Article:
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Lawrence Weiner wins Aspen Award for Art

Plus: Stavros Niarchos Foundation Cultural Center handed over to Greek state | Congressman files lawsuit over removal of Ferguson protest painting from US Capitol | and Courtney J. Martin named as Dia Art Foundation’s new deputy director

24 February 2017

Our daily round-up of news from the art world

Lawrence Weiner wins Aspen Award for Art | Conceptual art pioneer Lawrence Weiner has been announced as the 2017 Aspen Award for Art honouree. The American artist is known for his site-specific language-based installations that explore society, politics and art. The award, given in recognition of Weiner’s ‘exemplary’ contribution to the arts, will be presented at the Aspen Art Museum’s annual fundraising event in August, ArtReview reports. Previous winners of the award, which was established in 2005, include heavyweights such as Richard Tuttle, Ed Ruscha and Roni Horn.

Stavros Niarchos Foundation Cultural Center handed over to Greek state | The Greek state has assumed control of the Stavros Niarchos Foundation Cultural Center following an official ceremony. The Renzo Piano-designed centre opened in Athens in June 2016, and the handover takes place amid concerns regarding the state’s capacity to ensure its proper maintenance. The foundation has, however, announced that it will continue to provide financial support, with Greek prime minister Alexis Tsipras welcoming a ‘generous donation’ of €617 million at yesterday’s public ceremony.

Congressman files lawsuit over removal of Ferguson protest painting from US Capitol | Missouri congressman William Lacy Clay has sued the Architect of the Capitol over the removal of a student artwork from an exhibition at the US Capitol, the Washington Post reports. The painting at the centre of the ongoing dispute was inspired by the protests and riots that took place in Ferguson in response to the shooting of an unarmed black teenager in 2014. Congressman Clay has stated that the removal of the work, painted by Missouri student David Pulphus, violates Pulphus’s right to free speech, adding that ‘[t]his case is truly about something much bigger than a student’s painting. It is about defending our fundamental First Amendment freedoms which are currently under assault in this country.’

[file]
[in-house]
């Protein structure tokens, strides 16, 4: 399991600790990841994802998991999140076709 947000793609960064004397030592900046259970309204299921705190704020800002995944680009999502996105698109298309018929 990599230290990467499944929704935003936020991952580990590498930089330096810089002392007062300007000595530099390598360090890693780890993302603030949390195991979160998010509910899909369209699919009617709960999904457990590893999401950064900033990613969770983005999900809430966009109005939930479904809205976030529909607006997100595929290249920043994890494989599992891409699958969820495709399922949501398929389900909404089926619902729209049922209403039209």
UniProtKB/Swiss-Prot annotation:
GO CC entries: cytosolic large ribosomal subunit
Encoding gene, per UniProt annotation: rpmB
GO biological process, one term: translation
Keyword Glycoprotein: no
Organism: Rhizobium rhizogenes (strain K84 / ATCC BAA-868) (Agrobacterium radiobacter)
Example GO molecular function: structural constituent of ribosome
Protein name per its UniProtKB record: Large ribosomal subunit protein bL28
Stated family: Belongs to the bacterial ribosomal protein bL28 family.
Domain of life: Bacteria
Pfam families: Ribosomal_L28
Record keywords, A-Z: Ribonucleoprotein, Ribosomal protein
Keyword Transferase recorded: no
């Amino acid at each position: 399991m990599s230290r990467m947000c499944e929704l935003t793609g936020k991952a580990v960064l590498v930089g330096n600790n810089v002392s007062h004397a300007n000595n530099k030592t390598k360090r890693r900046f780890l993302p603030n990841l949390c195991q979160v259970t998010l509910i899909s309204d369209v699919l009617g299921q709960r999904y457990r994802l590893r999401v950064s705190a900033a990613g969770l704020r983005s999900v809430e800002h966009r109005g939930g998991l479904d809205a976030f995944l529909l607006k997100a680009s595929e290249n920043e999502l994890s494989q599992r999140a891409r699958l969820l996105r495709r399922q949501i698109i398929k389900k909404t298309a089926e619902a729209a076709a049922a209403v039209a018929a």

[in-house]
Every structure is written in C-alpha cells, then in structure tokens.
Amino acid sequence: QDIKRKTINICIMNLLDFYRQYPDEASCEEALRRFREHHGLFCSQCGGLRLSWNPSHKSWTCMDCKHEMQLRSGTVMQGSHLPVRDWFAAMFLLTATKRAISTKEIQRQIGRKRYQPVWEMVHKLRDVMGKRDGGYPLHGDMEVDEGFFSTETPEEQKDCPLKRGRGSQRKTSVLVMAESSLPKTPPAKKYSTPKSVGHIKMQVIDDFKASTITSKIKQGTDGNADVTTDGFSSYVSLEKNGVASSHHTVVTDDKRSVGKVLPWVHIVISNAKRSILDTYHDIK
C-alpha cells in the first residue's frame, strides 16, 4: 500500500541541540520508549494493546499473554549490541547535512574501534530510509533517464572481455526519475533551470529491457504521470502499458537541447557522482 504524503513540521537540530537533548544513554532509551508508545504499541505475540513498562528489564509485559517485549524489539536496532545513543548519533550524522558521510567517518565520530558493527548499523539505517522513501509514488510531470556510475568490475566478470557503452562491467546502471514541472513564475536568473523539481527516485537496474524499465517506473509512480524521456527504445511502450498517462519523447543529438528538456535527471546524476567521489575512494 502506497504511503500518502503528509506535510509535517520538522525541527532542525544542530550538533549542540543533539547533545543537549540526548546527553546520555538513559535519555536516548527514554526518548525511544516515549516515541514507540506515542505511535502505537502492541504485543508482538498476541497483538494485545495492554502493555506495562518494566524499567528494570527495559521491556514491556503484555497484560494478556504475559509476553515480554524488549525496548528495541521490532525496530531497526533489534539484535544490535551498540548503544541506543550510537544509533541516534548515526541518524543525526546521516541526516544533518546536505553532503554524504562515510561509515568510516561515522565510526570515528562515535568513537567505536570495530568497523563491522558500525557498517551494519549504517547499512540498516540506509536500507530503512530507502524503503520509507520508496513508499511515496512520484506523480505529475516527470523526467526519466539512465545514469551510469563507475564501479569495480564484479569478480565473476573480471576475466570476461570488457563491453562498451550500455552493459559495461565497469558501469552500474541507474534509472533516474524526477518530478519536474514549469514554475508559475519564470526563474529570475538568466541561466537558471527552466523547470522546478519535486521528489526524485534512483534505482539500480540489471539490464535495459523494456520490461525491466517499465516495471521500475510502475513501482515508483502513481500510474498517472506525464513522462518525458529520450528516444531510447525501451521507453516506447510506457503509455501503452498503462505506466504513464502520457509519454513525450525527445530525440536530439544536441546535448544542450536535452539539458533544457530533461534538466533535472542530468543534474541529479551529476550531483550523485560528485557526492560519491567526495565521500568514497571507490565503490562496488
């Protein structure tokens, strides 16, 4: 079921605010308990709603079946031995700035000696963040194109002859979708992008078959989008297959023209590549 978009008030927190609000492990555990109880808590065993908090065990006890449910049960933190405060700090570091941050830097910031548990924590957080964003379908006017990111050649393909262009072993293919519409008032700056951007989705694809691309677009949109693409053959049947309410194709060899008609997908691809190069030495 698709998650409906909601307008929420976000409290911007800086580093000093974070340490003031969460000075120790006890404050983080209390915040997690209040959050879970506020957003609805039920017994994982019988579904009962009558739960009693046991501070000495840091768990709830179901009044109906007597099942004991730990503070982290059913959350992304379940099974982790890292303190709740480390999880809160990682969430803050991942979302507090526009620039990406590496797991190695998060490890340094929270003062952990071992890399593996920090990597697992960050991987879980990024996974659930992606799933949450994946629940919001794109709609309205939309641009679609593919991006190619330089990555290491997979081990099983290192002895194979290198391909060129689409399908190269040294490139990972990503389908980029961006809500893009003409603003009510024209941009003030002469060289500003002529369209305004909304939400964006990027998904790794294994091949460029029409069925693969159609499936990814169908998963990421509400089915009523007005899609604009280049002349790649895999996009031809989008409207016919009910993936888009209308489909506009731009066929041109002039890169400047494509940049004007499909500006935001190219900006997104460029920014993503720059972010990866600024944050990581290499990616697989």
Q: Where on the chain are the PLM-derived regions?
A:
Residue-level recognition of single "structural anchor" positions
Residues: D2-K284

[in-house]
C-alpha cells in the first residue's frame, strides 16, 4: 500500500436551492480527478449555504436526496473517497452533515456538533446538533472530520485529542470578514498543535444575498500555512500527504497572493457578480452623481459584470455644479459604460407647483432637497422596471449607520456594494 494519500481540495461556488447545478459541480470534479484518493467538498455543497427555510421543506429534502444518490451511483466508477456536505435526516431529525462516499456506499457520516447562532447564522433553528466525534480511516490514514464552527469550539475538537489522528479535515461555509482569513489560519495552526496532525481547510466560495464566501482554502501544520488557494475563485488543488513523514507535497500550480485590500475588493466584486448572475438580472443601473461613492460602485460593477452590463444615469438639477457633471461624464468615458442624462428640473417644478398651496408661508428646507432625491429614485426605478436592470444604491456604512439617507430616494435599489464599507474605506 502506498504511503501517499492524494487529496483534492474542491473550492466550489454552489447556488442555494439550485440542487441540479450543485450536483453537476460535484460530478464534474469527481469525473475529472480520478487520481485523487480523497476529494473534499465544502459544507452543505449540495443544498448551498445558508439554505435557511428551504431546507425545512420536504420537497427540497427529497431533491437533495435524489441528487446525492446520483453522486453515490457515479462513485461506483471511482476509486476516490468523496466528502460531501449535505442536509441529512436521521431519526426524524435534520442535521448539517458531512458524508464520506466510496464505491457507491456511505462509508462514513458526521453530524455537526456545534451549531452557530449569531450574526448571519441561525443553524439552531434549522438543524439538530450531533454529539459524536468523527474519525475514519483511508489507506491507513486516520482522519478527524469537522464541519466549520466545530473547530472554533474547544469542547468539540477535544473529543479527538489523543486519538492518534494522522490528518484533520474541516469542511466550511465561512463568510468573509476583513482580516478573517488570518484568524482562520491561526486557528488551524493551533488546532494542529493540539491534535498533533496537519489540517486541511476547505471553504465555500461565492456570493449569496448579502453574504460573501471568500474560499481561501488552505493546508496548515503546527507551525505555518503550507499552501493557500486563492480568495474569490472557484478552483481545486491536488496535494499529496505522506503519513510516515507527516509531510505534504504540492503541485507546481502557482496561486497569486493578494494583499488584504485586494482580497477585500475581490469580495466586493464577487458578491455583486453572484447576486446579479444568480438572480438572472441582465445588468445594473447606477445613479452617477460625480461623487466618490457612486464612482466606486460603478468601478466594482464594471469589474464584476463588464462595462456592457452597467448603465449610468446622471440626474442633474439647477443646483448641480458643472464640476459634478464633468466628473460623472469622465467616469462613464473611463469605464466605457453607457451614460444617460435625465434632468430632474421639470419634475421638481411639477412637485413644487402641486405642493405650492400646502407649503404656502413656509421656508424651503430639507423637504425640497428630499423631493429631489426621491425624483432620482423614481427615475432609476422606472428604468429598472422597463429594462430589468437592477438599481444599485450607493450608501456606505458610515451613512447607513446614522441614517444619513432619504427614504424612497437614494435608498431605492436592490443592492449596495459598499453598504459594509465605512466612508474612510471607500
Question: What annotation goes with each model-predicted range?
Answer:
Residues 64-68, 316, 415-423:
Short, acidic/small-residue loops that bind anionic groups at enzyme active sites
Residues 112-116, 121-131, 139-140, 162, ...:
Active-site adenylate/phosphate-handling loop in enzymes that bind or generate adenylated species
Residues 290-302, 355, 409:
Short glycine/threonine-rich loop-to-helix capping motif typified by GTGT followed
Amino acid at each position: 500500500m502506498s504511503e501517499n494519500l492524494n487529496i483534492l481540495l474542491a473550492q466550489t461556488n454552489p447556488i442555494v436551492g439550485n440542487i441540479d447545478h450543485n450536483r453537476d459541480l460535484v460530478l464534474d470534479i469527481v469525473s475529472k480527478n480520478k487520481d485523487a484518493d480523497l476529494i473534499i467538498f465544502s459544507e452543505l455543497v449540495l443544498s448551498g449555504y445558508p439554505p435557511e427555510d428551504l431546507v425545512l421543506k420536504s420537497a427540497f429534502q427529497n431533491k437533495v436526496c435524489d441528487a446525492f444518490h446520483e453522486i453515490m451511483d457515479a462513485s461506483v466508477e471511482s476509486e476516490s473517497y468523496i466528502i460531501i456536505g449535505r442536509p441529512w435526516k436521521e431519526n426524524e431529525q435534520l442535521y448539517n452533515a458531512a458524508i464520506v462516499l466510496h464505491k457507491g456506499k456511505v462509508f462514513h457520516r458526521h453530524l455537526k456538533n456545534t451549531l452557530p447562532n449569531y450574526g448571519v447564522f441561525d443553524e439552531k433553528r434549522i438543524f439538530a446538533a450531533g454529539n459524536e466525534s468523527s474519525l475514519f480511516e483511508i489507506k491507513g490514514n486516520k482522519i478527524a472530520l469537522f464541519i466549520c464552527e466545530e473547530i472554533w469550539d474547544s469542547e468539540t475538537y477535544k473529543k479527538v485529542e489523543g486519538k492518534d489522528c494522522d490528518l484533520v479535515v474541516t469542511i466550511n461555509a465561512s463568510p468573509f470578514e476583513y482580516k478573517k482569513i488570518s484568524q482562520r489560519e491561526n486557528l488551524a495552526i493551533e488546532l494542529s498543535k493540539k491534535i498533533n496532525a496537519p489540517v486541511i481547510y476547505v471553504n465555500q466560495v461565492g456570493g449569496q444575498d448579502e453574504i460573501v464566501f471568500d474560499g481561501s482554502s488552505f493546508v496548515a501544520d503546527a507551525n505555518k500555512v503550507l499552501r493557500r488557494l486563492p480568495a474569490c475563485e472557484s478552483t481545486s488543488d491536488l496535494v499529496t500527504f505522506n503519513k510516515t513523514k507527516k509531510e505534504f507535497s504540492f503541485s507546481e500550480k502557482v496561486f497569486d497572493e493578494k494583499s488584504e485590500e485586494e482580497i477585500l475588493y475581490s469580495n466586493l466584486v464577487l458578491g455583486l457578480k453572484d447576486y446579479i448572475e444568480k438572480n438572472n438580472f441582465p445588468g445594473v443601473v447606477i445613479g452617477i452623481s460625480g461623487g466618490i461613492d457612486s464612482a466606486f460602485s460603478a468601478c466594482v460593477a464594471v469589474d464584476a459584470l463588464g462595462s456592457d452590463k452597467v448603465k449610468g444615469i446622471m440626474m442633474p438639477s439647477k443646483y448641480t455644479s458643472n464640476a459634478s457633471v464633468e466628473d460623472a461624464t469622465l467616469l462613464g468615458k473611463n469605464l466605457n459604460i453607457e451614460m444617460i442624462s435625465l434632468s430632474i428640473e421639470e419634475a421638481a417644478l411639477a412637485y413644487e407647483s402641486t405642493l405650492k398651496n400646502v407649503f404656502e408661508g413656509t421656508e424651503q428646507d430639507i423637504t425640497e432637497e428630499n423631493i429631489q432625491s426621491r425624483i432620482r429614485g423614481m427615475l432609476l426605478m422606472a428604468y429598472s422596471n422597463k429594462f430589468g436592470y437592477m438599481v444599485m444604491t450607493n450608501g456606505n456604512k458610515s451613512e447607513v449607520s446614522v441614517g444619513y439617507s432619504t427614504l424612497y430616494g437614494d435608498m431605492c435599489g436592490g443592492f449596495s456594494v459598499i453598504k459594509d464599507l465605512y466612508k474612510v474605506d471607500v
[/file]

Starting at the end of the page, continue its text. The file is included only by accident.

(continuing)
Courtney J. Martin named as Dia Art Foundation’s new deputy director | New York’s Dia Art Foundation yesterday announced the appointment of Courtney J. Martin, an assistant professor at Brown University and a specialist in 20th-century British art, as the foundation’s new deputy director and chief curator. Martin is to replace James Meyer, who leaves the post after less than two years and will now serve as Dia’s curatorial and academic advisor.

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